Practice of Metta and the English Problem, by John Aske

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Photo from Buddhism Now post of 5/3/17

I just read this interesting article from Buddhism Now. It seems that resistance to experiencing or acknowledging having truly loving feelings toward the self might also be an American problem, or perhaps simply a Western problem. But I suspect that cultivating Metta, or loving kindness, toward the self is quite difficult for many of us living human beings. What is especially wonderful about John Aske’s very British difficulty with Metta, is how he used his successful conduit into Metta to address and eliminate his depression!

Read on to enjoy this most Buddhist perspective on a most ubiquitous Western malady, by clicking on the link below.

Source: Practice of metta and the English Problem, by John Aske

Namasté 

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Coping with Discomfort on the Fly

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When we decide that anger, and aggravation, irritation, frustration and similar states of inner discomfort, are no longer welcome in us, what happens when they arise?

What do we do, and how do we handle those feelings? First of all, these feelings are normal human states and happen to everyone. What matters most is how we react or respond to them.

As we can read in depth in The Noble Eightfold Path covered by American Buddhist Bhikkhu Bodhi, we can gravitate to one of two extremes wherein we tend to cope with those feelings: 1) giving in to them and allowing them full expression, and 2) repressing them and escaping their immediate influence. The first may feel great in the moment but creates unease, tension and dissatisfaction within us, the nervous system arousal we experience can be very addictive, and usually this behavior exacerbates or causes problems for us with others. Repressing the emotion only momentarily frees us from the interpersonal inflammation so that we can stay peaceful on the surface and in a state of denial that we are angry at all. The bolus of anger, hot and dangerous, sinks deeper into the psyche to cause damage down below our conscious awareness. When anger is submerged it creates vague distress, depression, anxiety, and apprehension, and these can lead us to self-medicate with addictive behaviors such as substance abuse, compulsive overeating, spending, and other efforts to relieve the anger we don’t even know we have.

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Walking the Noble Eightfold Path, also called the Middle Way by the Buddha, puts us at neither extreme but in the middle where we neither express the an ger nor repress it but face it and learn about it and let it go. In Metta meditation we aspire to learn to identify and see the sources of anger, craving and delusion in ourselves. We learn to look at what inflames anger within us and see how we can better deal with it. We stop trying to run to or from that anger but sit with it. We let it teach us about ourselves. We welcome it as our teacher but we do not let it control our thoughts or drive our actions.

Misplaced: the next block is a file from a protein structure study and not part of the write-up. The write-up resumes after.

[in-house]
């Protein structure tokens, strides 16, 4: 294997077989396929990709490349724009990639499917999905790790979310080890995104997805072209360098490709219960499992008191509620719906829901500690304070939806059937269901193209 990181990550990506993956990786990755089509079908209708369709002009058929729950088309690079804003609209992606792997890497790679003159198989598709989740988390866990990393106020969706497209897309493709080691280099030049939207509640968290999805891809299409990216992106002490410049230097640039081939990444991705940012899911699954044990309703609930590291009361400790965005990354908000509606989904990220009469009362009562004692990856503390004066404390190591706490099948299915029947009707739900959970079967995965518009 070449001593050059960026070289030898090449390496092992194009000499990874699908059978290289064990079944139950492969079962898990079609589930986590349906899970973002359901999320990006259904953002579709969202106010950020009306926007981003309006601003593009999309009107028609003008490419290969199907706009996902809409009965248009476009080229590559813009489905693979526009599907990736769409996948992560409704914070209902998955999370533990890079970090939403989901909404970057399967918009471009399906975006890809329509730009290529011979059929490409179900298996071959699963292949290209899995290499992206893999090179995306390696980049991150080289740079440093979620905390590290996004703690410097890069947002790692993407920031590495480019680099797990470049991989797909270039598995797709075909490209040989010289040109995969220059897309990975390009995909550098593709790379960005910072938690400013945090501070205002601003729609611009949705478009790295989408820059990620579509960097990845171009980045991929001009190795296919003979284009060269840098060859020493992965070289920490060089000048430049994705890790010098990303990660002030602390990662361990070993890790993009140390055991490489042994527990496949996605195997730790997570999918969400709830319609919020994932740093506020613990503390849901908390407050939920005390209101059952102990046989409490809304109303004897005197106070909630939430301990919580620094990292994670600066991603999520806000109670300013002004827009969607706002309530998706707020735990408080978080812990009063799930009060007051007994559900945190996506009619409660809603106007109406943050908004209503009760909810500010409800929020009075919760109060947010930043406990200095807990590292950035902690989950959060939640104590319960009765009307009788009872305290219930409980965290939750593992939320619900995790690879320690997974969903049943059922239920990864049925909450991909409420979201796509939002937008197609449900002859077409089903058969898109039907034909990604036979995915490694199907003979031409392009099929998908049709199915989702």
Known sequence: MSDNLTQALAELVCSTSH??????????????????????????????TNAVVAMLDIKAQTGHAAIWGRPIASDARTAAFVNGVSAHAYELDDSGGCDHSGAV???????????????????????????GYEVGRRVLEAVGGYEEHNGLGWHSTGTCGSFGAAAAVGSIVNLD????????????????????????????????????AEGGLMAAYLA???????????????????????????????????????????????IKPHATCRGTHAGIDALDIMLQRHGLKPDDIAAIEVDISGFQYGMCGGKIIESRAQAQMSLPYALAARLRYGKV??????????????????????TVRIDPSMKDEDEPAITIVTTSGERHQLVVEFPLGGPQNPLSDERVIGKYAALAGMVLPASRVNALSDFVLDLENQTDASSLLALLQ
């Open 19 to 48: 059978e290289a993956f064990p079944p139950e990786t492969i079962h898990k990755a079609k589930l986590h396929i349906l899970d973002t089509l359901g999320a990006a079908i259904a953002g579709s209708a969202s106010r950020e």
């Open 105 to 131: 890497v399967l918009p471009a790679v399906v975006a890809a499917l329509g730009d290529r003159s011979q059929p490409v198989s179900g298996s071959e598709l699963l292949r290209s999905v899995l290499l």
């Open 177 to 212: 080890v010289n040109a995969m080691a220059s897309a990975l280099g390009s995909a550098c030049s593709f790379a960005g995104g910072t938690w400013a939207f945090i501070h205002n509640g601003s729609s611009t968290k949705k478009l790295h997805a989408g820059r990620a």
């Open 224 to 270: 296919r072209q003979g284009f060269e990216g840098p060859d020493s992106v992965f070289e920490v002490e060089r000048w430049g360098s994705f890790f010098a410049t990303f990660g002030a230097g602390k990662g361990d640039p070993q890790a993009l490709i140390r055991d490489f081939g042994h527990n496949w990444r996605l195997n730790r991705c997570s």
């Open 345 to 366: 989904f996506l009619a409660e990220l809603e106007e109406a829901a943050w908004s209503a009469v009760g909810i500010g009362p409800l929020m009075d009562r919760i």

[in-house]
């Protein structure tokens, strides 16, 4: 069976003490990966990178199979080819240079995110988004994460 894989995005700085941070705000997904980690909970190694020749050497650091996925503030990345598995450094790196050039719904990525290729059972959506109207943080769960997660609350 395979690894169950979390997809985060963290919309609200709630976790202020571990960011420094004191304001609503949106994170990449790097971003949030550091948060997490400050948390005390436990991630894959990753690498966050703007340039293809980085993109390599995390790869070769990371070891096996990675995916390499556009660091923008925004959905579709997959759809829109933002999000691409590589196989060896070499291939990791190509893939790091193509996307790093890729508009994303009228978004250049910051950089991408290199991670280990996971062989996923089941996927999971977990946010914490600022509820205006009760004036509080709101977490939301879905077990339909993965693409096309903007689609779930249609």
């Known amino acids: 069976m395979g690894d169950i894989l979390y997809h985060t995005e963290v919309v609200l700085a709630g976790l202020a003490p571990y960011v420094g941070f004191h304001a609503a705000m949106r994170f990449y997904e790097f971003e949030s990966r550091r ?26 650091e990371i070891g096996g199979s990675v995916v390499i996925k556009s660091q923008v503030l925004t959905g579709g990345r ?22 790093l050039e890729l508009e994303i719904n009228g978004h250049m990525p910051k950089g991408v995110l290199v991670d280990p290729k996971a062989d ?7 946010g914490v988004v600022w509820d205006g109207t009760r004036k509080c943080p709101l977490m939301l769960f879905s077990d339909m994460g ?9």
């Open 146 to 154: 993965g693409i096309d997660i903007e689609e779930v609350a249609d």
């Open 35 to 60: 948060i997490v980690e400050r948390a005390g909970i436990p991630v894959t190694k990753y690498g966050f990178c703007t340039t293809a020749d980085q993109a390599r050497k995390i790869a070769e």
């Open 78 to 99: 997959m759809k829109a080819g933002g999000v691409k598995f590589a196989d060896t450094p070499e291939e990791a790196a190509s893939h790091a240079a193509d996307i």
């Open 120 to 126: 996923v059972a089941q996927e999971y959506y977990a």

Recently we attended a community gathering. My husband went to secure our seats while I went to the refreshment area for a cup of tea. Someone I see rarely spotted me and gave me a happy greeting and big hug. But as I moved toward the hot water urn, she said something insulting about my husband, insinuating that if he wasn’t with me she’d be glad. I didn’t engage in that conversation, probably laughed nervously as I moved away. But I didn’t feel very good about it. I was trying to repress the anger. A few moments later I heard this same person tell my husband she had hoped he wouldn’t be at the gathering. He became angry and made a retort that I also tried not to experience. We sat and listened to the lecture, but I was very troubled by the anger I had tried to ignore in myself and by the anger my husband seemed to be feeling as he muttered about the exchange under his breath.

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This is how I dealt with this. I focused on my breathing, using the gatha “Breathing in I am calm, breathing out I smile.”  After a minute or two I had indeed calmed. I then wished the nine Metta aspirations of my daily practice for myself, then for my husband, and lastly for the individual who had provoked our discomfort. I was able to identify fear and anxiety in myself, and I explored my desire not to be in the middle between angry people  and my own indirect avoidance of the conflict without addressing it honestly. I knew this sudden attack had angered my husband, and I felt terrible for him. I also remembered that this person had a history of mental illness with frequent episodes of unwelcome hostility and impulsive blurting, and I wished for her to be free of that affliction. The lecture was a lengthy one, allowing me to get in about 20 minutes of sincere Metta before the gathering broke up. I chatted with others I hadn’t seen in a while, and the troublesome individual hung nearby. I attempted to pass to leave when she walked in front of me to hug me again. I stepped back slightly, and without anger or confrontation in my voice or in my heart, I simply said, “You insulted my husband.” The response was surprising. She stood staring at me for quite a while, silent. Then she said, “I live to insult husbands,” and moved away laughing as we left. I wish her healing, and I hope she can be peaceful, happy and light in body and spirit. When we experience these blessed attributes, we do not attempt to hurt others with our words or our actions.

I am so grateful for my meditation practice and for the Venerable Zen Master Thich Nhat Hanh from whom I have learned so much.

Mindful calligraphy by Thich Nhat Hanh

Mindful calligraphy by Thich Nhat Hanh

Namaste

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